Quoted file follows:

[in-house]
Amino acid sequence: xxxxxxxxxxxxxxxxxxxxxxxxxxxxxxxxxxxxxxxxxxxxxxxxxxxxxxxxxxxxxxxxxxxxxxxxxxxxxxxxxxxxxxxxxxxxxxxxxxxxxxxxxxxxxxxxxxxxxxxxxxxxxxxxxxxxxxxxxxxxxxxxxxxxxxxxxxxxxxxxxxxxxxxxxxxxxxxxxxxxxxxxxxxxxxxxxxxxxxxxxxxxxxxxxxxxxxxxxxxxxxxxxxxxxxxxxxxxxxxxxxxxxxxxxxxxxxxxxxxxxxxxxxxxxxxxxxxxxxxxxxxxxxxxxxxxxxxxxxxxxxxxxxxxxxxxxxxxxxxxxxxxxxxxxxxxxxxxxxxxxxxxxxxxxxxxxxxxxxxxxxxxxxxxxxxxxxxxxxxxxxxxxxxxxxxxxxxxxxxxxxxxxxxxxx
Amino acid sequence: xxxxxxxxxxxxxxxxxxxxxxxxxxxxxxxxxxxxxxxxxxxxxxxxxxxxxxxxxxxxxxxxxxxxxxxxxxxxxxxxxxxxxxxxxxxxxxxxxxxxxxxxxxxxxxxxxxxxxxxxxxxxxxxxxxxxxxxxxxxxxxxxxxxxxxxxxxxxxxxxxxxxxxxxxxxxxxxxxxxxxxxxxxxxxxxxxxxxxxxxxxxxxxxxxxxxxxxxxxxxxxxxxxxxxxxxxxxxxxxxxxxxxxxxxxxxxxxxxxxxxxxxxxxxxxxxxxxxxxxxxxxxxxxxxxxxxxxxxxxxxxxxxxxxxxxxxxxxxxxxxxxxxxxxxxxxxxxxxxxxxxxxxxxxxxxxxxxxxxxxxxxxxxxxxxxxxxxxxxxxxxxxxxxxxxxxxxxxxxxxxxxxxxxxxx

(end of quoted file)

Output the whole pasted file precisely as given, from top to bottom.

[in-house]
Amino acid sequence: xxxxxxxxxxxxxxxxxxxxxxxxxxxxxxxxxxxxxxxxxxxxxxxxxxxxxxxxxxxxxxxxxxxxxxxxxxxxxxxxxxxxxxxxxxxxxxxxxxxxxxxxxxxxxxxxxxxxxxxxxxxxxxxxxxxxxxxxxxxxxxxxxxxxxxxxxxxxxxxxxxxxxxxxxxxxxxxxxxxxxxxxxxxxxxxxxxxxxxxxxxxxxxxxxxxxxxxxxxxxxxxxxxxxxxxxxxxxxxxxxxxxxxxxxxxxxxxxxxxxxxxxxxxxxxxxxxxxxxxxxxxxxxxxxxxxxxxxxxxxxxxxxxxxxxxxxxxxxxxxxxxxxxxxxxxxxxxxxxxxxxxxxxxxxxxxxxxxxxxxxxxxxxxxxxxxxxxxxxxxxxxxxxxxxxxxxxxxxxxxxxxxxxxxxx
Amino acid sequence: xxxxxxxxxxxxxxxxxxxxxxxxxxxxxxxxxxxxxxxxxxxxxxxxxxxxxxxxxxxxxxxxxxxxxxxxxxxxxxxxxxxxxxxxxxxxxxxxxxxxxxxxxxxxxxxxxxxxxxxxxxxxxxxxxxxxxxxxxxxxxxxxxxxxxxxxxxxxxxxxxxxxxxxxxxxxxxxxxxxxxxxxxxxxxxxxxxxxxxxxxxxxxxxxxxxxxxxxxxxxxxxxxxxxxxxxxxxxxxxxxxxxxxxxxxxxxxxxxxxxxxxxxxxxxxxxxxxxxxxxxxxxxxxxxxxxxxxxxxxxxxxxxxxxxxxxxxxxxxxxxxxxxxxxxxxxxxxxxxxxxxxxxxxxxxxxxxxxxxxxxxxxxxxxxxxxxxxxxxxxxxxxxxxxxxxxxxxxxxxxxxxxxxxxxx